Yesterday, the House of Commons witnessed an extraordinary debate on antisemitism. It was extraordinary because it had to happen at all; for its emotion, but most of all for the testimony given by MPs, especially Labour MPs, and the blame they laid at the door of the Labour Party’s Leader, Jeremy Corbyn.
Three of Labour’s female Jewish MPs, Luciana Berger, Ruth Smeeth and Louise Ellman, each told a story of antisemitic persecution as well as of their own courage: of how they had variously received death and rape threats, as well as allegations of treasonous disloyalty and demands that they leave the country. Ms Berger stated that antisemitism in the Labour Party is “commonplace, conspicuous and corrosive”.
That Jews might experience genuine persecution in the UK in 2018 is now a familiar reality, and yet for Jews and non-Jews alike, to hear their collective testimony was shocking. Unusually, for the House of Commons, where applause is forbidden by convention, Ms Berger and Ms Smeeth received standing ovations.
John Mann, a non-Jewish MP, also revealed that aside from the threats against him as Chair of the All-Party Parliamentary Group Against Antisemitism, his wife had been sent a dead bird and received rape threats from activists on the political left. This is the price to be paid by those who stand in solidarity with Jews in the Labour Party.
These were not the only stories: one by one, Jewish MPs spoke out. Margaret Hodge said: “It feels like my Party has given permission for antisemitism to go unchallenged”. Ivan Lewis described how Mr Corbyn had failed to call out ideological allies of his who are also antisemitic. Another MP spoke of a young woman whom he knew who had left the UK for Israel out of fear. A Jewish Conservative MP, Robert Halfon, referred to “the air tightening”. Mr Mann summed up that change by telling the House that when he first took up his role in the fight against antisemitism thirteen years ago, Jews expressed disquiet to him. Now, he said, they express fear.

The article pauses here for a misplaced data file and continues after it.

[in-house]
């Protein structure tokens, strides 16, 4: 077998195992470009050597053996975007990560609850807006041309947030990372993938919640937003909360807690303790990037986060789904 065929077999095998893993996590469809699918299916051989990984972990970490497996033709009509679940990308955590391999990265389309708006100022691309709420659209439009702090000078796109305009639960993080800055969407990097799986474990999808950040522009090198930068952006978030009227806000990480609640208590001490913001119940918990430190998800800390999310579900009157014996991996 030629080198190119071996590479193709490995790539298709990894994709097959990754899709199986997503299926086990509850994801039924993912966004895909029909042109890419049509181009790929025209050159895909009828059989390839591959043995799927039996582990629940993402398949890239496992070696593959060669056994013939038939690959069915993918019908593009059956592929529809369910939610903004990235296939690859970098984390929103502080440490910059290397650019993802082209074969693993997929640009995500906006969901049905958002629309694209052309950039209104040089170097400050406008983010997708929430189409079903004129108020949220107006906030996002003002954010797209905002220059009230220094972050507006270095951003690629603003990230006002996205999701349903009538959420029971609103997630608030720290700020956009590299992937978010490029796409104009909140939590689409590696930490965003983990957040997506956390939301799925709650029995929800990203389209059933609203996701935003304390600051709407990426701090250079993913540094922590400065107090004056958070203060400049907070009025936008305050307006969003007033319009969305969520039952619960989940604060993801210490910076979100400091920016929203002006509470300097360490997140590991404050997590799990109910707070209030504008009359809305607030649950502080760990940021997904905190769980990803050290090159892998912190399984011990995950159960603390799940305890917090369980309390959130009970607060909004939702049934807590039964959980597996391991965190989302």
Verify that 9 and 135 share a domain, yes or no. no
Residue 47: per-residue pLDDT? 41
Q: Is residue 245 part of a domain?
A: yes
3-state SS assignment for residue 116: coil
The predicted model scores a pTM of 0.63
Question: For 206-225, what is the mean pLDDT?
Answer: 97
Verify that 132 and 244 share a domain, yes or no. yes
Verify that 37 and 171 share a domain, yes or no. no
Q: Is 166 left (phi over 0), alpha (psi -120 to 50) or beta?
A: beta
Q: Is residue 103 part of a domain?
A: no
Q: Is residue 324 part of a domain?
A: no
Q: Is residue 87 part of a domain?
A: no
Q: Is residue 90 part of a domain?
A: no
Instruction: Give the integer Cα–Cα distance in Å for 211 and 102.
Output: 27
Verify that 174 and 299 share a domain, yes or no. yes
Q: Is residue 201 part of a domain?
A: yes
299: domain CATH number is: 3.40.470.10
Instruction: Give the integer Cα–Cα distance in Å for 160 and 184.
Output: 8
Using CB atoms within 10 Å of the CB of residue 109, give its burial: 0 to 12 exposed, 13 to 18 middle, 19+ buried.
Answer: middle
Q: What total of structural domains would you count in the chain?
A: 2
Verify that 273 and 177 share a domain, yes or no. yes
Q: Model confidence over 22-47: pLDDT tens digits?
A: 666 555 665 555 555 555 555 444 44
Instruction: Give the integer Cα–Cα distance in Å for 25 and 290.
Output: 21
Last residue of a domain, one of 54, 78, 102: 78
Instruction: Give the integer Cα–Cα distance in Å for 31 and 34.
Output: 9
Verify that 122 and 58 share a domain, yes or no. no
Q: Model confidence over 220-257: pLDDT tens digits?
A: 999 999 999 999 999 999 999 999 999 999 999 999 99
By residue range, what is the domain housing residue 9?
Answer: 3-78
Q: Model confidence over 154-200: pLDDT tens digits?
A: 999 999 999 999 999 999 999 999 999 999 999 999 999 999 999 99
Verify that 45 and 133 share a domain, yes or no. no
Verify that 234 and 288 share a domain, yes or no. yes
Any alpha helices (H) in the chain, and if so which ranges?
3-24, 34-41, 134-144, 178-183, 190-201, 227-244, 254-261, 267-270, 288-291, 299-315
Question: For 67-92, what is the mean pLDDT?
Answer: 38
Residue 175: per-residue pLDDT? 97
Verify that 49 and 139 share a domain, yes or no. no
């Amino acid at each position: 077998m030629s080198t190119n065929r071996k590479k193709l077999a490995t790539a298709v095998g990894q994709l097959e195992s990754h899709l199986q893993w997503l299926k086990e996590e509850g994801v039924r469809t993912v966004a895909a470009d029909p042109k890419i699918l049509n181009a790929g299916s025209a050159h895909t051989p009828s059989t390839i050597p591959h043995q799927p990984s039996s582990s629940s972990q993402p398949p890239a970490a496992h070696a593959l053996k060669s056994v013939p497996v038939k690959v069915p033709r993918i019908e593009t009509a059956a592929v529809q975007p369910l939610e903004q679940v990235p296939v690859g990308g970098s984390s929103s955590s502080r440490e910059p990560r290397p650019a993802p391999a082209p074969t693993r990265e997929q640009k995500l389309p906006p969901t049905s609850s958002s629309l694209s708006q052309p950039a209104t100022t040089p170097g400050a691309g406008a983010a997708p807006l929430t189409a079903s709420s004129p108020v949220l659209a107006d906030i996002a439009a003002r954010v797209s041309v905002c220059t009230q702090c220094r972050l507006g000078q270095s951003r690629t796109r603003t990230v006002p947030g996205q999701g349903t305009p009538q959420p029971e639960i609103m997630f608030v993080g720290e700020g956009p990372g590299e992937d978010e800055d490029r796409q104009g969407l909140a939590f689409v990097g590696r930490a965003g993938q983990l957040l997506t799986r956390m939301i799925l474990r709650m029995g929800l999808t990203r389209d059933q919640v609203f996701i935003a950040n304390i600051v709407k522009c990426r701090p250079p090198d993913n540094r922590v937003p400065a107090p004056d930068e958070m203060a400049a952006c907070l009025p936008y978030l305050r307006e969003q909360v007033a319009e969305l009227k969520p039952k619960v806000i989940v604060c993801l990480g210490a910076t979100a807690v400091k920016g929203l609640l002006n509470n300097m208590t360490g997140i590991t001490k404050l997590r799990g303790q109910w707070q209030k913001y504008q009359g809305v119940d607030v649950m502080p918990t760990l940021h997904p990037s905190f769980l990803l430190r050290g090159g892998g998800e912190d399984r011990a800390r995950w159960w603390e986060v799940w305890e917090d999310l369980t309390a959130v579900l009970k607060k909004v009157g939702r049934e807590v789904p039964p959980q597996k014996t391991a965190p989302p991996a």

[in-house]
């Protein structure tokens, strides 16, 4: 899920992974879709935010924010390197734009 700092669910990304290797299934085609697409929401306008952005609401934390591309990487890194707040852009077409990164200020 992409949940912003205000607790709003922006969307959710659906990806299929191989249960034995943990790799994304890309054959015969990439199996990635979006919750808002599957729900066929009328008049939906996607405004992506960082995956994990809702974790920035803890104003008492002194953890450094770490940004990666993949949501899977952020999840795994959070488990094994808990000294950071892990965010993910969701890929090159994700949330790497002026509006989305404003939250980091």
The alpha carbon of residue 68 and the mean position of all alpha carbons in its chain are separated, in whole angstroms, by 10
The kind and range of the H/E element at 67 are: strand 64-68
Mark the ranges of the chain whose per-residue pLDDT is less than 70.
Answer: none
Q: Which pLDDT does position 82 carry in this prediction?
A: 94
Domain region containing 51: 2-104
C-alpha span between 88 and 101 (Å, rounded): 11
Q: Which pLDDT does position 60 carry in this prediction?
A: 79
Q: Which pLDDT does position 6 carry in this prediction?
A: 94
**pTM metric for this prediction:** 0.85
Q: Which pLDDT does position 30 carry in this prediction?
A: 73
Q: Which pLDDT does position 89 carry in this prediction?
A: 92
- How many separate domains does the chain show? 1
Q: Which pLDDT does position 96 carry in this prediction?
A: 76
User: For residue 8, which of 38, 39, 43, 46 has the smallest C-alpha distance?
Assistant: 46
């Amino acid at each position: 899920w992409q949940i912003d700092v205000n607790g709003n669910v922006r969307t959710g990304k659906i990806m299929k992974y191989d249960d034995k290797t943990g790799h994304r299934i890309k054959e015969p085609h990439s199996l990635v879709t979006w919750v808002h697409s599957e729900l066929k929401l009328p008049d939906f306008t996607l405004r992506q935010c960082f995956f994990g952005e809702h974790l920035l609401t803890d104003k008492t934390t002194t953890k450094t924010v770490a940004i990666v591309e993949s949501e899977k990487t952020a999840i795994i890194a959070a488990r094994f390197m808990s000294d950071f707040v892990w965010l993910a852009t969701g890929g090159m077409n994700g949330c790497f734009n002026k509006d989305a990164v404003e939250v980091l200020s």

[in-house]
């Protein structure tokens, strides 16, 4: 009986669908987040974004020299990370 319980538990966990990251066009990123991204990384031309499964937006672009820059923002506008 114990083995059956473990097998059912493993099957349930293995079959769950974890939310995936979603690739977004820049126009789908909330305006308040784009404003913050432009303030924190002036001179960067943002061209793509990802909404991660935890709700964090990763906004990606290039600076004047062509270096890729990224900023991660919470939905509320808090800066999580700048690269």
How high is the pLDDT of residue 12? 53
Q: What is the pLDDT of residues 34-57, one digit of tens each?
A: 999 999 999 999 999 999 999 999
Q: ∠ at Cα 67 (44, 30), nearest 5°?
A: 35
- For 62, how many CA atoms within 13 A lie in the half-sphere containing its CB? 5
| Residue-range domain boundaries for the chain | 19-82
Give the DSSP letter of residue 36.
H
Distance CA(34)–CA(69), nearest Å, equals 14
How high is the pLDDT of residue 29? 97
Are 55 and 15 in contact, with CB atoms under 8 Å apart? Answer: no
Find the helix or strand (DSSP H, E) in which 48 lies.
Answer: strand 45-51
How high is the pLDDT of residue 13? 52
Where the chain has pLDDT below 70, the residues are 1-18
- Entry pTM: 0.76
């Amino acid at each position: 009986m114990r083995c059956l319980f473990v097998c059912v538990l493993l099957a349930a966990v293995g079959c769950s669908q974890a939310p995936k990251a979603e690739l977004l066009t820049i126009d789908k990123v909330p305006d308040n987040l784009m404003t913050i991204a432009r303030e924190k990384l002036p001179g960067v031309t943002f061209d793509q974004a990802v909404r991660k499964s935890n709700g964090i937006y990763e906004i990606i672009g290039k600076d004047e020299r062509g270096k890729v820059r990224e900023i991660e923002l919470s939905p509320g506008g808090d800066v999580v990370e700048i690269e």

One particularly powerful contribution was by Lisa Nandy, the Vice-Chair of Labour Friends of Palestine. She praised Israeli women she had met who had reached out to advocate for Palestinian women in the spirit of peace, and rounded on members of her own Party who mistakenly prevented such possibilities of rapprochement by seeking to “divide and sow hatred when they have managed to reach across the divide and do the opposite”. She referred to “a particular sort of antisemitism that has found its home in the far left throughout history”; the “horrific mural” that Jeremy Corbyn had defended; demanded that Ken Livingstone be expelled and that the “thousands” of outstanding cases of antisemitism be dealt with immediately; and she referred to the “acres” of antisemitism she had witnessed. In two short minutes, she more accurately analysed the realities of Labour antisemitism than the newly enobled Baroness Chakrabarti had managed in producing her entire report.